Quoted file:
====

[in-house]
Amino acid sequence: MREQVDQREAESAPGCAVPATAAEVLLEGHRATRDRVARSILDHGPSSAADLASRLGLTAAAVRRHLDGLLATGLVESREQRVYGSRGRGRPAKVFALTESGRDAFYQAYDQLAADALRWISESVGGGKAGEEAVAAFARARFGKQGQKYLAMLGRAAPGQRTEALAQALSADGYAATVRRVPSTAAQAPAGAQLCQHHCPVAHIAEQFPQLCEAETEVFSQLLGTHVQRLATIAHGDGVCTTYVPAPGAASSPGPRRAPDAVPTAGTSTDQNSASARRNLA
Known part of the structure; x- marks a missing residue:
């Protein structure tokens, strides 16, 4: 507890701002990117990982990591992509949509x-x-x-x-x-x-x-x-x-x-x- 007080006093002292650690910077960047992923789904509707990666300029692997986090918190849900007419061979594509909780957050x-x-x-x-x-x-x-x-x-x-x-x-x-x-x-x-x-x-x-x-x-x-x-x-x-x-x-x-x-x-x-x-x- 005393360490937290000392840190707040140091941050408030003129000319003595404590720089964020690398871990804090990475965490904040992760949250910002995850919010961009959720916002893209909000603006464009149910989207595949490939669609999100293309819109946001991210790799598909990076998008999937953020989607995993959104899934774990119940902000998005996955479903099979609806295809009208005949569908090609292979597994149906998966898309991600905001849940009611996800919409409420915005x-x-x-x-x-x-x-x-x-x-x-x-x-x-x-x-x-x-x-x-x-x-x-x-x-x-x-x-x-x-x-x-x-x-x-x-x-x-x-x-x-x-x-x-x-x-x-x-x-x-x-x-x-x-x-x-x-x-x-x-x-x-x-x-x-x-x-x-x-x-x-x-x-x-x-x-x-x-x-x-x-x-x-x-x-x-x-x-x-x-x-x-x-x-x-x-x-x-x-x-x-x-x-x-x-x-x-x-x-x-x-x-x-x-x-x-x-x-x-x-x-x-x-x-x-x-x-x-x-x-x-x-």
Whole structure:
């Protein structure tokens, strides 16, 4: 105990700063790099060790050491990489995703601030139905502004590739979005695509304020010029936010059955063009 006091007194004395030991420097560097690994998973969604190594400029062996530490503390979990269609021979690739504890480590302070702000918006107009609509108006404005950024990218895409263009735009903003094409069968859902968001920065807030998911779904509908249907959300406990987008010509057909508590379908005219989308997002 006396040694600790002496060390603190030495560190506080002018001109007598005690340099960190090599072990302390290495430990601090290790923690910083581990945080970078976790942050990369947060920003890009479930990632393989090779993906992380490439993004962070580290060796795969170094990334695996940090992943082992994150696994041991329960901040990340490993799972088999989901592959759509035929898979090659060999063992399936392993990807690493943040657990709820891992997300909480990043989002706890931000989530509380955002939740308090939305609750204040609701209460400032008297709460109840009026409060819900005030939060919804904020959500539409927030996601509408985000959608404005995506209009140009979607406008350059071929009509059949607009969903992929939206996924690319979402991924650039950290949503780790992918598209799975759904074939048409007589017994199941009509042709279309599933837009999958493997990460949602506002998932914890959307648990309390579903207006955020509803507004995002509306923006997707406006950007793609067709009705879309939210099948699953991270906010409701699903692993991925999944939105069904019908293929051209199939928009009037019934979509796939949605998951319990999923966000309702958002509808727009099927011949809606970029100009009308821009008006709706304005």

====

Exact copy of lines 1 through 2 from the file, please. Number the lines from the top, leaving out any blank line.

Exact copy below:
[in-house]
Amino acid sequence: MREQVDQREAESAPGCAVPATAAEVLLEGHRATRDRVARSILDHGPSSAADLASRLGLTAAAVRRHLDGLLATGLVESREQRVYGSRGRGRPAKVFALTESGRDAFYQAYDQLAADALRWISESVGGGKAGEEAVAAFARARFGKQGQKYLAMLGRAAPGQRTEALAQALSADGYAATVRRVPSTAAQAPAGAQLCQHHCPVAHIAEQFPQLCEAETEVFSQLLGTHVQRLATIAHGDGVCTTYVPAPGAASSPGPRRAPDAVPTAGTSTDQNSASARRNLA